Genre: Dramatic Comedy Running Time: 1 hr. 52 min.
Release Date: June 1st, 2012 MPAA Rating: R
Director: Olivier Nakache, Eric Toledano Actors: Francois Cluzet, Omar Sy, Anne Le Ny, Audrey Fleurot, Clotilde Mollet, Alba Gaia Bellugi, Cyril Mendy
t’s rare for a film that deals with the generally depressing subjects of life-altering injuries and extreme poverty to manufacture such a light-hearted, pleasant, feel-good mood that confidently delivers a positive message. Audiences will likely be expecting a curveball of fate to intervene in momentary contentment, announcing a sinister antagonist or morbid predicaments. But like “Driving Miss Daisy” or “Amelie,” dark tragedy is frequently overshadowed by robust emotional energy, humor, and the stirring examination of values in completely opposite worlds. While similar to “The Diving Bell and the Butterfly” in content, it’s much less morose.
Philippe (Francois Cluzet) has become a quadriplegic after a paragliding accident and now requires constant physical therapy and care. Fortunately, he’s wealthy, with a massive estate in Paris furnished with kind, matronly attendant Yvonne (Anne Le Ny), secretarial assistant Magalie (Audrey Fleurot), therapists, chefs, gardeners, and more. In need of a new live-in caretaker, Philippe interviews dozens of candidates, but shockingly chooses Driss (Omar Sy), a young man interested only in receiving three refusals from prospective employers to qualify for government benefits. Acclimated to a life of crime and destitution, Driss begins a clashing relationship with the aristocratic Philippe that evolves into understanding and inseparable friendship.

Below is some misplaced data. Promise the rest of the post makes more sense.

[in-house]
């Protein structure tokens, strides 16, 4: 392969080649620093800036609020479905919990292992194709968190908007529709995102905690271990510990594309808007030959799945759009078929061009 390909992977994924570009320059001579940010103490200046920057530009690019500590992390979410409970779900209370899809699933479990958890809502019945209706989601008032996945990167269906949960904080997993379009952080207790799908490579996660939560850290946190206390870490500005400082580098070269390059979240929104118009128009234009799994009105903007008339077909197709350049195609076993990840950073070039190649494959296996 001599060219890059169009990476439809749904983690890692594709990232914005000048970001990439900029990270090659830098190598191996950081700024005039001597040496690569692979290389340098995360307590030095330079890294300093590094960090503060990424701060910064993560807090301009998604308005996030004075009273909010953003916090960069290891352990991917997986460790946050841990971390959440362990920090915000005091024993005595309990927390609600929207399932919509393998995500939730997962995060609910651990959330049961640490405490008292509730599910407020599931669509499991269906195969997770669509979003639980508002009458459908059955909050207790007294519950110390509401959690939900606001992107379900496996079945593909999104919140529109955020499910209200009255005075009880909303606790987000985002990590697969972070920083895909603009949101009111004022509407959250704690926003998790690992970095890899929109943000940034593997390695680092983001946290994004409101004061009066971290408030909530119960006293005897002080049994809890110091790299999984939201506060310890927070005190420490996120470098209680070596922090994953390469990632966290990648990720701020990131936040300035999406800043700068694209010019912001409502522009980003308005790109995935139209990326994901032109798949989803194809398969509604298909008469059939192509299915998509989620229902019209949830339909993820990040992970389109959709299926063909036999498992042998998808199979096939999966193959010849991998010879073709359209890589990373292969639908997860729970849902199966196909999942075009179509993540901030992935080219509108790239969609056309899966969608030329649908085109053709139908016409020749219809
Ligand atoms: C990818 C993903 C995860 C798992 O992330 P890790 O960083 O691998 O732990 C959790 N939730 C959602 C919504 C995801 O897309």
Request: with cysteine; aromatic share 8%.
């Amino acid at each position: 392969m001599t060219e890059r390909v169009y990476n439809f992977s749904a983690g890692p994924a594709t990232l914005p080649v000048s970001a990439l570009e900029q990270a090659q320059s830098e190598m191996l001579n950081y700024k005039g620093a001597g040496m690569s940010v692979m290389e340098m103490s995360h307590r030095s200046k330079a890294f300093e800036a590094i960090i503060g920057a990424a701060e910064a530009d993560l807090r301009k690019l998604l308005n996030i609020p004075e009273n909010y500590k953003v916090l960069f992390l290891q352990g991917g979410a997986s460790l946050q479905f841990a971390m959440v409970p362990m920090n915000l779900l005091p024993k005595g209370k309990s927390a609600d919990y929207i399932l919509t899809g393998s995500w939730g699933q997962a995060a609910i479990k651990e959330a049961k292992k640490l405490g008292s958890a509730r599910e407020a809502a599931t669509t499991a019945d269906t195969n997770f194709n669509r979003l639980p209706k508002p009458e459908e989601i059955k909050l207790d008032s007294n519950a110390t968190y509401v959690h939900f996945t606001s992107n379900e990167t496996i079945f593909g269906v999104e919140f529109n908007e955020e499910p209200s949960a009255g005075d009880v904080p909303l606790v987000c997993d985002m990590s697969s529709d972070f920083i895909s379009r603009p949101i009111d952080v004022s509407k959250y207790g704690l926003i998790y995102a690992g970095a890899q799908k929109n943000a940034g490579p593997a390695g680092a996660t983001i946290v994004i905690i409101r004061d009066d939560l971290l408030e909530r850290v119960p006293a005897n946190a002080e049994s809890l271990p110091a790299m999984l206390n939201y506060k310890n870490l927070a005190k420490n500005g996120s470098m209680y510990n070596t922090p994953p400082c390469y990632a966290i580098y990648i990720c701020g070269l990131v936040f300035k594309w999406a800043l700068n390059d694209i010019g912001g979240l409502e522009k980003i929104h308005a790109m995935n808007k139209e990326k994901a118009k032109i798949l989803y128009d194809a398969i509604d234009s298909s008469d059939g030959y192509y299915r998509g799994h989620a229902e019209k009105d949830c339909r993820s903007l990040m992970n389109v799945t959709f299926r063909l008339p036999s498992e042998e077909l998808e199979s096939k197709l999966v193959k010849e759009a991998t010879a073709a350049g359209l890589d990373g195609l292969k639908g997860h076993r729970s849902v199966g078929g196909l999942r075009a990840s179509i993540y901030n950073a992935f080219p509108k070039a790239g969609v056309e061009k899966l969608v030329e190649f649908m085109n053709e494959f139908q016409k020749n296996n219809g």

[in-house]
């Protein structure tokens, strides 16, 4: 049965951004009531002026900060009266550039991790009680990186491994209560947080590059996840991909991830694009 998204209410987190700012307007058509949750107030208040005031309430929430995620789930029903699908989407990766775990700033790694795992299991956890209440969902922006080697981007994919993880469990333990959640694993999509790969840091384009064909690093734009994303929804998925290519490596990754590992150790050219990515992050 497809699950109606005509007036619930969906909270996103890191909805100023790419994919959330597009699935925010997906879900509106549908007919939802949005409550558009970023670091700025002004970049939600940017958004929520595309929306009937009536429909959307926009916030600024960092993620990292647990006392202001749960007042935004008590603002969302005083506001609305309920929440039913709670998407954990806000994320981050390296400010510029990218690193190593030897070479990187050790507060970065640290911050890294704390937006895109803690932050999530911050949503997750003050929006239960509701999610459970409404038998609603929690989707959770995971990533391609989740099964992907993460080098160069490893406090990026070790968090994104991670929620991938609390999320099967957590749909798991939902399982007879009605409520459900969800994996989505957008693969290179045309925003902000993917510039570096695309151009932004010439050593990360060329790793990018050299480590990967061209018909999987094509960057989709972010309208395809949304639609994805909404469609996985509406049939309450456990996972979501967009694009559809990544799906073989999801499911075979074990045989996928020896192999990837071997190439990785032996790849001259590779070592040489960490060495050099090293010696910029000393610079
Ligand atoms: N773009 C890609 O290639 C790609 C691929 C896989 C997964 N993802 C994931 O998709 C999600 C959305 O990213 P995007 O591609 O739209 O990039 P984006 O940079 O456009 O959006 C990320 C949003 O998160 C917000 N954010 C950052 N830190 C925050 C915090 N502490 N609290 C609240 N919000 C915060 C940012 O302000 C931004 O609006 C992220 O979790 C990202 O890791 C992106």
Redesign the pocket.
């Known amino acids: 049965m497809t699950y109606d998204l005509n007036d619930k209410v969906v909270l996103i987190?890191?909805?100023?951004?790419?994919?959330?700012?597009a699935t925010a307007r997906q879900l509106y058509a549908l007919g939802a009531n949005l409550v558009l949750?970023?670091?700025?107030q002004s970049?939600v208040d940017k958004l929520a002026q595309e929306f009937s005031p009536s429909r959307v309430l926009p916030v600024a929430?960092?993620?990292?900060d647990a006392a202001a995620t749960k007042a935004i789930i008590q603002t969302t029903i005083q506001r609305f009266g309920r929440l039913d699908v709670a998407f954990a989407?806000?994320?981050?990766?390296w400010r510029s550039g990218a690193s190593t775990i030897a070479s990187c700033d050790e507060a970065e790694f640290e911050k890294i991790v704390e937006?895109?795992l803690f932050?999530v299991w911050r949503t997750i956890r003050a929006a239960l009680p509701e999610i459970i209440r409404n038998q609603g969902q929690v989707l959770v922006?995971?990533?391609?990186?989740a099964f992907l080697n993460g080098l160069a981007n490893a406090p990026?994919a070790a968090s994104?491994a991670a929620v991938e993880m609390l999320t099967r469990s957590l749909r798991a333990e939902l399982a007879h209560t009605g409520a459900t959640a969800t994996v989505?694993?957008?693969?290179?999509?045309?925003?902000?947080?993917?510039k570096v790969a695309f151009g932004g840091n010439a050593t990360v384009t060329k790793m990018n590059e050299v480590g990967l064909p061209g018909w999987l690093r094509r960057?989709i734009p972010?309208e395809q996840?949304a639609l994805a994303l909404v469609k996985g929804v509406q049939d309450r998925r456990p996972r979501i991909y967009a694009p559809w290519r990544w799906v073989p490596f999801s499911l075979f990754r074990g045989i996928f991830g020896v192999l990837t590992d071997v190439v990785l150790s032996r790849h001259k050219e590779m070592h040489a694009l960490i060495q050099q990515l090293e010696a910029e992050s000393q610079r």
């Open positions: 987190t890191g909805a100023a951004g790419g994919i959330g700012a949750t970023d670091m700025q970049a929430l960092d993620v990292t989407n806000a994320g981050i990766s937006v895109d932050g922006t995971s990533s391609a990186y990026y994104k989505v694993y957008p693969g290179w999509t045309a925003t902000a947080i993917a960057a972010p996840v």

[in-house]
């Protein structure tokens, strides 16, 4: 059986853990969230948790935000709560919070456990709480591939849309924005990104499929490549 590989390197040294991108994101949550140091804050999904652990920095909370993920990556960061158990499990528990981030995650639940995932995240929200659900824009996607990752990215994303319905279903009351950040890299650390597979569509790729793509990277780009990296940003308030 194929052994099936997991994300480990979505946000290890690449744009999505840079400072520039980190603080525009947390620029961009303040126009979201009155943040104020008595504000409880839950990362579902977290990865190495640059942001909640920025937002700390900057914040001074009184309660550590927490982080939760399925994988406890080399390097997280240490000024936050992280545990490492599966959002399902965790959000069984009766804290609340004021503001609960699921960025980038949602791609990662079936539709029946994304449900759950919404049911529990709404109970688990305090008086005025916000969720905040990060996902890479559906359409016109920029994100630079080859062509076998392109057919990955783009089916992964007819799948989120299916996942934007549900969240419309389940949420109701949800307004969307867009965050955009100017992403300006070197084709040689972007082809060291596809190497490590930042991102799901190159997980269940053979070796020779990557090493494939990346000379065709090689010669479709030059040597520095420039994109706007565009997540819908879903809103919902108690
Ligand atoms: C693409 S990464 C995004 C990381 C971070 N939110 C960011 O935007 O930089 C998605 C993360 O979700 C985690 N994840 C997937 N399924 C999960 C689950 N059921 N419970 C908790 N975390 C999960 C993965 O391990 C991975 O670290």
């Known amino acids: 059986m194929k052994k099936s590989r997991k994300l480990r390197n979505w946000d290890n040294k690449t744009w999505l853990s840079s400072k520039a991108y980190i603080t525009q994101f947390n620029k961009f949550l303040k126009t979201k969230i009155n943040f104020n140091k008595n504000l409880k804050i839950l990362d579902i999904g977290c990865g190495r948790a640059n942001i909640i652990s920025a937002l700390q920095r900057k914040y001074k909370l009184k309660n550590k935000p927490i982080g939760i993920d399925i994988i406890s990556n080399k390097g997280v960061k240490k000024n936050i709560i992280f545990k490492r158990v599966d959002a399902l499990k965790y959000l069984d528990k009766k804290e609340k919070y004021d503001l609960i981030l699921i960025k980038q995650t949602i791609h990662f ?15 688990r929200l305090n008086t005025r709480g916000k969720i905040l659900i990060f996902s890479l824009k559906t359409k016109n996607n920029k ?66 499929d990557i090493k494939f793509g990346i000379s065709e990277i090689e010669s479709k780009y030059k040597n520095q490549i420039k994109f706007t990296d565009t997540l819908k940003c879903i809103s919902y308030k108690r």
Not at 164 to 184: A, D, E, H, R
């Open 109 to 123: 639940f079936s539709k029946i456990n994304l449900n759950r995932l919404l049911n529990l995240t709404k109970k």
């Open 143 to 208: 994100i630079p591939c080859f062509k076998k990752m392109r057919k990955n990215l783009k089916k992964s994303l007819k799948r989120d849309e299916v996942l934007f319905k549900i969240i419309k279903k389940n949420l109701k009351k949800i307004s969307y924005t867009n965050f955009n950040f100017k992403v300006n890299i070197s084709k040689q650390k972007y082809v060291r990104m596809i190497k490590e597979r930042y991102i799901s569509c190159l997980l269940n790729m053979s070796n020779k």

Many viewers might find themselves at the edge of their seats in anticipation of a swift deterioration in the uplifting tone. But despite the inescapable matter of physical vulnerability or disarming social and economic inequalities, “The Intouchables” opts for inspiration and prosperity instead – through elevated music, including powerful operas, melancholy violins, peppy rock, and a piano theme that magnificently narrates expressions and actions without direct dialogue; and through fun-loving flippancy. There’s a bounty of humor in every scene, keen on navigating the atmosphere of freedom, second chances, and reevaluating varying items of importance – especially self-esteem, sentimental belongings, and independence. Many times the comedy is laugh-out-loud funny, utilizing jokes that easily transcend the foreign language.
“The Intouchables” is based on a true story, which is nothing new. Unfortunately, although expected, the epilogue briefly shows the real life duo that inspired the film, which distances viewers from the fictional characters that made such an agreeable concept (also drawing attention to the change in ethnicity for Driss’ part). It’s Cluzet and Sy, with their clashing personalities, differing outlooks on life, unyielding performances, and sarcastic back-and-forth hubbub that populates the winning formula. It’s a simple premise with a complex companionship and a sensationally moving turn of events. A stranger entering the lives of others to present a simultaneously bad and beneficial influence is the ideal setup for equal parts comedy and drama – and that special cinematic dynamism that’s not easily forgotten.
– Mike Massie